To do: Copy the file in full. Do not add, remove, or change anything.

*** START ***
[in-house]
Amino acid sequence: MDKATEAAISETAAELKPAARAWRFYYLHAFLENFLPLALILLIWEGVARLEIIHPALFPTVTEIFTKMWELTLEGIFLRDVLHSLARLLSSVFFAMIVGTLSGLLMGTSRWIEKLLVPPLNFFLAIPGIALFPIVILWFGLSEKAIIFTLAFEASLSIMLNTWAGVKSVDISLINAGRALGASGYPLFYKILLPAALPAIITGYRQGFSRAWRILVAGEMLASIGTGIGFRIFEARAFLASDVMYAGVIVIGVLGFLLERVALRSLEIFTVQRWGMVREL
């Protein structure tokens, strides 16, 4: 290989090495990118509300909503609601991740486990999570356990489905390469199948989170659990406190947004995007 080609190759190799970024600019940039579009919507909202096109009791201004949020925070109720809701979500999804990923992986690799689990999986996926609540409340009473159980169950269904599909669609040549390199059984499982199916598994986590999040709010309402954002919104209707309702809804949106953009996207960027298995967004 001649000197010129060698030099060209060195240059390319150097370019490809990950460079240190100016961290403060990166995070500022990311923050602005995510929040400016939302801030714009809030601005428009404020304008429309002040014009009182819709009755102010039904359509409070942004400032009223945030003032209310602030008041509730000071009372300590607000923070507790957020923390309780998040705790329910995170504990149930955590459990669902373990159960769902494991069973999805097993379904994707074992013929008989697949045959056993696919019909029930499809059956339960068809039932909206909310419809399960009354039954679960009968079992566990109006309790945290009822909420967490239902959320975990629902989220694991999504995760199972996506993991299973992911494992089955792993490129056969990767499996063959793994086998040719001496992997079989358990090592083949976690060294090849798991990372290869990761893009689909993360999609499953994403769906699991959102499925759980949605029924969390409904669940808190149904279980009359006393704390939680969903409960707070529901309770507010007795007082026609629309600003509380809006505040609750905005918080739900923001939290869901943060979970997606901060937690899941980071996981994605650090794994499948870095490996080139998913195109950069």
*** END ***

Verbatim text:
[in-house]
Amino acid sequence: MDKATEAAISETAAELKPAARAWRFYYLHAFLENFLPLALILLIWEGVARLEIIHPALFPTVTEIFTKMWELTLEGIFLRDVLHSLARLLSSVFFAMIVGTLSGLLMGTSRWIEKLLVPPLNFFLAIPGIALFPIVILWFGLSEKAIIFTLAFEASLSIMLNTWAGVKSVDISLINAGRALGASGYPLFYKILLPAALPAIITGYRQGFSRAWRILVAGEMLASIGTGIGFRIFEARAFLASDVMYAGVIVIGVLGFLLERVALRSLEIFTVQRWGMVREL
């Protein structure tokens, strides 16, 4: 290989090495990118509300909503609601991740486990999570356990489905390469199948989170659990406190947004995007 080609190759190799970024600019940039579009919507909202096109009791201004949020925070109720809701979500999804990923992986690799689990999986996926609540409340009473159980169950269904599909669609040549390199059984499982199916598994986590999040709010309402954002919104209707309702809804949106953009996207960027298995967004 001649000197010129060698030099060209060195240059390319150097370019490809990950460079240190100016961290403060990166995070500022990311923050602005995510929040400016939302801030714009809030601005428009404020304008429309002040014009009182819709009755102010039904359509409070942004400032009223945030003032209310602030008041509730000071009372300590607000923070507790957020923390309780998040705790329910995170504990149930955590459990669902373990159960769902494991069973999805097993379904994707074992013929008989697949045959056993696919019909029930499809059956339960068809039932909206909310419809399960009354039954679960009968079992566990109006309790945290009822909420967490239902959320975990629902989220694991999504995760199972996506993991299973992911494992089955792993490129056969990767499996063959793994086998040719001496992997079989358990090592083949976690060294090849798991990372290869990761893009689909993360999609499953994403769906699991959102499925759980949605029924969390409904669940808190149904279980009359006393704390939680969903409960707070529901309770507010007795007082026609629309600003509380809006505040609750905005918080739900923001939290869901943060979970997606901060937690899941980071996981994605650090794994499948870095490996080139998913195109950069």